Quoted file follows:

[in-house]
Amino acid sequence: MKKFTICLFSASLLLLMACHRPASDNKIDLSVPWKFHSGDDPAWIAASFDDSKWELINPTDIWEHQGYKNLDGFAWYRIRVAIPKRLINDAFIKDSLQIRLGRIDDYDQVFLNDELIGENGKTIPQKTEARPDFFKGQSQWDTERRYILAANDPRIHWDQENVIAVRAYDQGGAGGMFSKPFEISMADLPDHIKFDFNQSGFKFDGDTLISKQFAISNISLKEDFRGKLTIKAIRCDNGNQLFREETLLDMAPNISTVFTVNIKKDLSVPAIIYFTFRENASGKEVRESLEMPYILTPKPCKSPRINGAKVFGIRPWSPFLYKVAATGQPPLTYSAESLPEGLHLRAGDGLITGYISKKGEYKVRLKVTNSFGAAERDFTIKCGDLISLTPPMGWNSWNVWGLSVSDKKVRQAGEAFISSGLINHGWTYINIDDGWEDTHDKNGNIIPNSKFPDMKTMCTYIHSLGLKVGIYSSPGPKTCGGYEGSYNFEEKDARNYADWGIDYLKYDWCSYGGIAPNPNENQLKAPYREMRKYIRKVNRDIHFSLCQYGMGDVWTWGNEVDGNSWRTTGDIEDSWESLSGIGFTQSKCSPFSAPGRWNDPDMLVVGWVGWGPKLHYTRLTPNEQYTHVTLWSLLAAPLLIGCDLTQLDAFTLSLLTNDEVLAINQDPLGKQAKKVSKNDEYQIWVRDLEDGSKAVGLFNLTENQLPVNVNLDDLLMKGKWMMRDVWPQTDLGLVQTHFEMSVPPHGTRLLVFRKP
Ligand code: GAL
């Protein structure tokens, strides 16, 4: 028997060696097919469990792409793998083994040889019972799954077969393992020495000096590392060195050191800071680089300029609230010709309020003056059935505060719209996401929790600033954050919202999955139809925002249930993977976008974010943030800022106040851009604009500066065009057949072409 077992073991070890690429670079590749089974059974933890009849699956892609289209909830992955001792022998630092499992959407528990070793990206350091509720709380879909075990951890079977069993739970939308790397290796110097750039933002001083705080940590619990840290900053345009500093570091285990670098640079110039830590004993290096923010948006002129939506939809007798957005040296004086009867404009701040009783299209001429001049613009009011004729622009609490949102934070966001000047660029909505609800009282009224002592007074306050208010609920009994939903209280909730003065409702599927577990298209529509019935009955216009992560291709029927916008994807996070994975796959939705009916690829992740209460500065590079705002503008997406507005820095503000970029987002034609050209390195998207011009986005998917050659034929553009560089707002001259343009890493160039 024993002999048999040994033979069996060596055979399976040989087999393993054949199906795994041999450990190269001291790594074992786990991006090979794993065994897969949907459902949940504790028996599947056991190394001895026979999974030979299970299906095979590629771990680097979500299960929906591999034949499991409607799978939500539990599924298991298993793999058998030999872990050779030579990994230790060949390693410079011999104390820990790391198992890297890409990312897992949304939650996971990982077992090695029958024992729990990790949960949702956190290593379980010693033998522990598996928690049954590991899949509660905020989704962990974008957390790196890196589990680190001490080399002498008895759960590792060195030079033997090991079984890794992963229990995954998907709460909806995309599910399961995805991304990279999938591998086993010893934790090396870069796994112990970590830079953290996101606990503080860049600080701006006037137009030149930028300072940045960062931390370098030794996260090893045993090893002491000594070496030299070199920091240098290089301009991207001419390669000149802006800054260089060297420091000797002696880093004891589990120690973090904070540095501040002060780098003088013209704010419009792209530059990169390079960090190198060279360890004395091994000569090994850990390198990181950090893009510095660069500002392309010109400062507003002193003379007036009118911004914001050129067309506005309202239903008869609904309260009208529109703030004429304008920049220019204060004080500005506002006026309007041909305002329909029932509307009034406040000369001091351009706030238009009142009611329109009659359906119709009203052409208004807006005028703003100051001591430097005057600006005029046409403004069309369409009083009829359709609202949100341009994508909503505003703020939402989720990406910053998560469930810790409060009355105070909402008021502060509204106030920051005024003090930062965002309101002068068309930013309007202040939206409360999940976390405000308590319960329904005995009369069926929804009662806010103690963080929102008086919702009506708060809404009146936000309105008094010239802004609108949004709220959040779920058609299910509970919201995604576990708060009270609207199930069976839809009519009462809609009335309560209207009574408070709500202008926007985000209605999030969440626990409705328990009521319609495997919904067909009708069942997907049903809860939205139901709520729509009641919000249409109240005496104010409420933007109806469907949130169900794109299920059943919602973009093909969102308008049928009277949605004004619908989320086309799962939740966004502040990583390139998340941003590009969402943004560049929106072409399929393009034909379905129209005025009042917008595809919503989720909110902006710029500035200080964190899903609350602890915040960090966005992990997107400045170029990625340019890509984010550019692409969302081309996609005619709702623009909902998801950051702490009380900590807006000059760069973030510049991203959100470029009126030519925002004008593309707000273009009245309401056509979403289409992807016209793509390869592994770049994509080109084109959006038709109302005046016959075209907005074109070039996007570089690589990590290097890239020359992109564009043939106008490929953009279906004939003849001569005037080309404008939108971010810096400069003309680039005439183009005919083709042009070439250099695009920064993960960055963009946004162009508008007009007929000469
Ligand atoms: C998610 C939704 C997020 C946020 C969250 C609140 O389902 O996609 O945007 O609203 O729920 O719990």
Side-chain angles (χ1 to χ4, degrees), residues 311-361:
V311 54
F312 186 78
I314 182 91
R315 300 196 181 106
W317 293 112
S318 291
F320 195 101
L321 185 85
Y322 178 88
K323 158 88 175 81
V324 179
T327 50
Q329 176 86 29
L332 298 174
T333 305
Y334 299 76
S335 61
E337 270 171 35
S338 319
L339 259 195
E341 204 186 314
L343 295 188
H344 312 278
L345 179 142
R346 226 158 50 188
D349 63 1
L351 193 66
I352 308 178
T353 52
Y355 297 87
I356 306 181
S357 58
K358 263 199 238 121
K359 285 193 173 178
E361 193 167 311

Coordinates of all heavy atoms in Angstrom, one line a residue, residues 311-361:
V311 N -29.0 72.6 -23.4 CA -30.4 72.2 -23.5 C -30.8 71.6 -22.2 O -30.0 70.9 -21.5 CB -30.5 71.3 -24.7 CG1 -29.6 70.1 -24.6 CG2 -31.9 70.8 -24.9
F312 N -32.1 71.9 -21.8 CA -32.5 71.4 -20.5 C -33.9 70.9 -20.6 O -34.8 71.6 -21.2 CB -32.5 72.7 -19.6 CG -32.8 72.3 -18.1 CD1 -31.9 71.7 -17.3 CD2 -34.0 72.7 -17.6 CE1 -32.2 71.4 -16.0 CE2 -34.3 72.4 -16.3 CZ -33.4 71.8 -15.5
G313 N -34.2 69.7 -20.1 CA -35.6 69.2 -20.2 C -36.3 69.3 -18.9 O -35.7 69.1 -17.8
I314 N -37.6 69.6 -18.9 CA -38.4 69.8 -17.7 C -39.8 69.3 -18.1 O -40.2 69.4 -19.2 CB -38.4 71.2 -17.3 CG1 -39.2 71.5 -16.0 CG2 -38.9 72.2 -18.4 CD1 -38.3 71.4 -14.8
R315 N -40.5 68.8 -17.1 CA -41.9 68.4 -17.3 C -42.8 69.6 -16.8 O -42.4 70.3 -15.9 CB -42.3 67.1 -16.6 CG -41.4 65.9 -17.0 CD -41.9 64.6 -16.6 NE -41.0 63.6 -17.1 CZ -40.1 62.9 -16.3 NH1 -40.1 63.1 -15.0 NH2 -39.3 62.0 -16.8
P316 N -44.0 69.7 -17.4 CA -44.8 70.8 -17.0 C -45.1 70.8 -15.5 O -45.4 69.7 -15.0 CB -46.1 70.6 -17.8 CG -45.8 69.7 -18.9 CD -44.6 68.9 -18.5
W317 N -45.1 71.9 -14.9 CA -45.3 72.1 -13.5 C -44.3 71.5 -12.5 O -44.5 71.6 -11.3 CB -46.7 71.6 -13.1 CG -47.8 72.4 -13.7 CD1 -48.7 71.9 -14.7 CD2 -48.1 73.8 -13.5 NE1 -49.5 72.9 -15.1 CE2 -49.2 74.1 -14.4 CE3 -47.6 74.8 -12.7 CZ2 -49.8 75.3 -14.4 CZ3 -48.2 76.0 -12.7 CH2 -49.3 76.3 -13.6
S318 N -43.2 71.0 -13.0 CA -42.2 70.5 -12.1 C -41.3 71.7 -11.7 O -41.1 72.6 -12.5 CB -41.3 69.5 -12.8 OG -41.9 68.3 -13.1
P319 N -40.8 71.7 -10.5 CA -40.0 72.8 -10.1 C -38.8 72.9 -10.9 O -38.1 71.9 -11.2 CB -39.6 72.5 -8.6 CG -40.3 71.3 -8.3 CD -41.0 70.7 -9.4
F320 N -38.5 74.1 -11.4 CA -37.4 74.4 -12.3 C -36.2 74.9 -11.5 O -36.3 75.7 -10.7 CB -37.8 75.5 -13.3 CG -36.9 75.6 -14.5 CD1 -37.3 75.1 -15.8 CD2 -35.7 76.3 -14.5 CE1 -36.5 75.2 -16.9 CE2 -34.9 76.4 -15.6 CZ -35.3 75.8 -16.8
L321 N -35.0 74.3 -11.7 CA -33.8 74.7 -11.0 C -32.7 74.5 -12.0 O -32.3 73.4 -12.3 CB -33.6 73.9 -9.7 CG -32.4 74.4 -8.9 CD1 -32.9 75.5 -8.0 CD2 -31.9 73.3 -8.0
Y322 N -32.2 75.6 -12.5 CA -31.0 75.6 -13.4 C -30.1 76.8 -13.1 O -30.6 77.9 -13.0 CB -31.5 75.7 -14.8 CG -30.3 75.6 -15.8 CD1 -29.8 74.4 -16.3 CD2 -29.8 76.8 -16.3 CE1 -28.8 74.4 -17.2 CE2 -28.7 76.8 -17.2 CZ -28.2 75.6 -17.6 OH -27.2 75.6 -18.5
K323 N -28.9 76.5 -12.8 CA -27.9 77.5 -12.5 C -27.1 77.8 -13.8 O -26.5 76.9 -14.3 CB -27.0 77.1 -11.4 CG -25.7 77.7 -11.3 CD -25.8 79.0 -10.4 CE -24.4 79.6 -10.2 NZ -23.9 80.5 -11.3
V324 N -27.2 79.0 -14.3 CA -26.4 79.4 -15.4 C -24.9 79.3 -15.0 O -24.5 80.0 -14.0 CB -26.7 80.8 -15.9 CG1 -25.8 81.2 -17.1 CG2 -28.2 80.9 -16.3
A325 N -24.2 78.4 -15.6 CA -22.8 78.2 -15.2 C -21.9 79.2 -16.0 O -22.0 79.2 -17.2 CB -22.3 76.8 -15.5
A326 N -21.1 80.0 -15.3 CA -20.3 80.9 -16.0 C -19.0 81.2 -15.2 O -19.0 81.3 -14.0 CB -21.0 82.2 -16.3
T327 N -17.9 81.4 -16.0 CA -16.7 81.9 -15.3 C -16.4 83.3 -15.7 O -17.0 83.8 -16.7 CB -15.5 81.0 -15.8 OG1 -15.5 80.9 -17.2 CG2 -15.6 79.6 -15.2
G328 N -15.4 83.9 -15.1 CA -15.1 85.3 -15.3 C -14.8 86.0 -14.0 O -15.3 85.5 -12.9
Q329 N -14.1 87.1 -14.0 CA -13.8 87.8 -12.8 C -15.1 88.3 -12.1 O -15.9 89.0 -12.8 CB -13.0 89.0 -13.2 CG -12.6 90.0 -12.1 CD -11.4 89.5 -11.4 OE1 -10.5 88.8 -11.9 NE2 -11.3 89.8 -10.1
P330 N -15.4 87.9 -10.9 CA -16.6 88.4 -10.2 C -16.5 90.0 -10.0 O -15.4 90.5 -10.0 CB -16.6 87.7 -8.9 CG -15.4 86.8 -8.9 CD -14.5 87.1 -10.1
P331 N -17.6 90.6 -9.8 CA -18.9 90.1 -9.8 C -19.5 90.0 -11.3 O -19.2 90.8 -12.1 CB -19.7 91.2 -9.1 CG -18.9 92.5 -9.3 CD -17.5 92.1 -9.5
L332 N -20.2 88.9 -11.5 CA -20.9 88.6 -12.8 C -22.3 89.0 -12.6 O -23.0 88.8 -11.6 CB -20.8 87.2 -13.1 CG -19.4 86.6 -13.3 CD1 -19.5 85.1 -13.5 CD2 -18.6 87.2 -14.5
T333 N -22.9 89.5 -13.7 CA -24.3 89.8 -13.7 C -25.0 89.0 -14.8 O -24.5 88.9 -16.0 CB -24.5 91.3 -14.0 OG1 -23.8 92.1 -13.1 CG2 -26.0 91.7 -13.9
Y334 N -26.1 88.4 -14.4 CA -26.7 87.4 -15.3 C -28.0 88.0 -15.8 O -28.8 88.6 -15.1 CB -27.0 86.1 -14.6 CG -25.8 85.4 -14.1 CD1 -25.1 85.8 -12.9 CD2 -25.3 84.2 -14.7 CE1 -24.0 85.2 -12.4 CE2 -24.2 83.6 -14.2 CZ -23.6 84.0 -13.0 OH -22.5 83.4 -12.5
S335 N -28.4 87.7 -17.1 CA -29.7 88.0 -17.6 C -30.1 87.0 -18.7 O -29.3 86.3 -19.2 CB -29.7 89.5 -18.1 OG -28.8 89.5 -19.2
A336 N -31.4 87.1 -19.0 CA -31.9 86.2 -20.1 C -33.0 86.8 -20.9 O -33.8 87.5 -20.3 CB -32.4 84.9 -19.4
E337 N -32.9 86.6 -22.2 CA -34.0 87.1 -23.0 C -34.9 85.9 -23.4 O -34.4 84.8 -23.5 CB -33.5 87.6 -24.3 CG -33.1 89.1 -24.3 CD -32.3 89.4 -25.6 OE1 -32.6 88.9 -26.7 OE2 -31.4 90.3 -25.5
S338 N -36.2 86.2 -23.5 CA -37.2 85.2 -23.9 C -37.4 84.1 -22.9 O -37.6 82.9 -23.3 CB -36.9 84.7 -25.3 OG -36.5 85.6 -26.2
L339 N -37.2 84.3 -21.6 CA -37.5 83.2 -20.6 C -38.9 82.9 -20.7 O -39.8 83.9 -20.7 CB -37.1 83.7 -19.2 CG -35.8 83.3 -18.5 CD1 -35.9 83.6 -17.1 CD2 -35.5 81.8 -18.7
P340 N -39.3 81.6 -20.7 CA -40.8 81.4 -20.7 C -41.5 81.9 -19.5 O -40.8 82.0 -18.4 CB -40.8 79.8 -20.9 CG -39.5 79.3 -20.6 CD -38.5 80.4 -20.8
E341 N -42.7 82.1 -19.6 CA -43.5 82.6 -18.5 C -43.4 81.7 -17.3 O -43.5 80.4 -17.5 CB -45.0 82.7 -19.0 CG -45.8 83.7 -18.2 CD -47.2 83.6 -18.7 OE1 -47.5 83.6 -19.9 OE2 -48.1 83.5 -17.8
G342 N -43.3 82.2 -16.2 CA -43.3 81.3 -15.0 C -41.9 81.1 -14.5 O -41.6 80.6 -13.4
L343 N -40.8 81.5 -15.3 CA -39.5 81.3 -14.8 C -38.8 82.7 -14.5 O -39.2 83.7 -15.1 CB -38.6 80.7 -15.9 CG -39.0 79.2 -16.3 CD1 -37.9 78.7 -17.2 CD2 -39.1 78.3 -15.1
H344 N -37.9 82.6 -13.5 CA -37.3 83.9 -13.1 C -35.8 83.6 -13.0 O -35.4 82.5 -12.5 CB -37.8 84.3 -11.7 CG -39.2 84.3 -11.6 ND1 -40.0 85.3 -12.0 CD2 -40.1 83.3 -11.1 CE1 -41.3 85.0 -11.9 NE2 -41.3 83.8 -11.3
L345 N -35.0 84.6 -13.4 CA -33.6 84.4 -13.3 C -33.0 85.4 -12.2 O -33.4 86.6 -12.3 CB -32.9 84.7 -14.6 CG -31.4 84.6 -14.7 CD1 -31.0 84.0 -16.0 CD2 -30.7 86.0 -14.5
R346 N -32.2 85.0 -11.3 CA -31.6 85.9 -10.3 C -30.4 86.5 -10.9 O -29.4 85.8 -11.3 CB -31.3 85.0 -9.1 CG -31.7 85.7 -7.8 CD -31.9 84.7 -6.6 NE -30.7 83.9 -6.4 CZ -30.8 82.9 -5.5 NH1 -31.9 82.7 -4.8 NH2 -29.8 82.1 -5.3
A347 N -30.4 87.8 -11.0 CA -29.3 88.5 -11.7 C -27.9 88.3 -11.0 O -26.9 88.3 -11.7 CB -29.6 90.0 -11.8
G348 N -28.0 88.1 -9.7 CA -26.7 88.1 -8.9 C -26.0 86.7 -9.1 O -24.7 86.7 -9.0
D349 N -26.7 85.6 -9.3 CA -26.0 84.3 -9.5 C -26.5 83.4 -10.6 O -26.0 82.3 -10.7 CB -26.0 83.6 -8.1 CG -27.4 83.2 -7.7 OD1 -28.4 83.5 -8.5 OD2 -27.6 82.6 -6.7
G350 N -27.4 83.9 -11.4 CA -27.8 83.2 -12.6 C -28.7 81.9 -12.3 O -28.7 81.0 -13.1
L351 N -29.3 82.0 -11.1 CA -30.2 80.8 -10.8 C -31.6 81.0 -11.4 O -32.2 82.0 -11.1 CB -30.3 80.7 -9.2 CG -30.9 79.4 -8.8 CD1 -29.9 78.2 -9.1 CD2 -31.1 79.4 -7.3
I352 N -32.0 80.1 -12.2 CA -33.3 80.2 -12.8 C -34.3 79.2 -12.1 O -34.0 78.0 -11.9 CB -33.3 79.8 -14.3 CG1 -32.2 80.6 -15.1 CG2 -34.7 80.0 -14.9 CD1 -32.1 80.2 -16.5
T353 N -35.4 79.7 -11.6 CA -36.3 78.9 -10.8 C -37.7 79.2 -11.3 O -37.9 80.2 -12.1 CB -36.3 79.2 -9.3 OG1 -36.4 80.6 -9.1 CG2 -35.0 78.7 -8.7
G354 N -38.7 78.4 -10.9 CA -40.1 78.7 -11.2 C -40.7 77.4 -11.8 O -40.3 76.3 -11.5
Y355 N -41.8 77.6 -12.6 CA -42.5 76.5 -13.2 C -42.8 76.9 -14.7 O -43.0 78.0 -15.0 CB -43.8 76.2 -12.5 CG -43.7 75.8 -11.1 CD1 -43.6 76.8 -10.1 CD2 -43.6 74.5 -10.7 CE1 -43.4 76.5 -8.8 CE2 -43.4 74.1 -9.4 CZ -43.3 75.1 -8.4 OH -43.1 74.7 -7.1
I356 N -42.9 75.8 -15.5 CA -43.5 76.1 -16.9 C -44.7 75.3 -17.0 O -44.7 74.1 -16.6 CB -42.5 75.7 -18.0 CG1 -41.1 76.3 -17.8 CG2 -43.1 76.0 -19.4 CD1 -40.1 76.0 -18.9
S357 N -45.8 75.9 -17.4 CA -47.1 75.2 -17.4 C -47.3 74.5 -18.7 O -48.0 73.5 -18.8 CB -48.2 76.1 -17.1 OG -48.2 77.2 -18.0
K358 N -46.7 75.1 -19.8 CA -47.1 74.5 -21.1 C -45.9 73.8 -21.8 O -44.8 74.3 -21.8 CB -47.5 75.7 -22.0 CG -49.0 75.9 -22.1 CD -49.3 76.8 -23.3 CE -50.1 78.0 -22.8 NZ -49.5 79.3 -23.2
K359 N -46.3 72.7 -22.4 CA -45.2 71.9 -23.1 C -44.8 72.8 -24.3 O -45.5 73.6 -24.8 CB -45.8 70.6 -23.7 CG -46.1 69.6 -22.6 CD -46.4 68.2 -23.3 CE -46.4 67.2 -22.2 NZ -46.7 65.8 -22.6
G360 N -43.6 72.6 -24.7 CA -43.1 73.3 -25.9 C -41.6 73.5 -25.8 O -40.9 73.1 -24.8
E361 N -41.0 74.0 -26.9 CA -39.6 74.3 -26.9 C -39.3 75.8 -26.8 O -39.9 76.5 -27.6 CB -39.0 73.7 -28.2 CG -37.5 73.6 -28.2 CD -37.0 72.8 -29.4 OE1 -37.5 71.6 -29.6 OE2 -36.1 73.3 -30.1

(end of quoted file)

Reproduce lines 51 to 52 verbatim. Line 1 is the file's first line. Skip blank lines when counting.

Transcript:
P319 N -40.8 71.7 -10.5 CA -40.0 72.8 -10.1 C -38.8 72.9 -10.9 O -38.1 71.9 -11.2 CB -39.6 72.5 -8.6 CG -40.3 71.3 -8.3 CD -41.0 70.7 -9.4
F320 N -38.5 74.1 -11.4 CA -37.4 74.4 -12.3 C -36.2 74.9 -11.5 O -36.3 75.7 -10.7 CB -37.8 75.5 -13.3 CG -36.9 75.6 -14.5 CD1 -37.3 75.1 -15.8 CD2 -35.7 76.3 -14.5 CE1 -36.5 75.2 -16.9 CE2 -34.9 76.4 -15.6 CZ -35.3 75.8 -16.8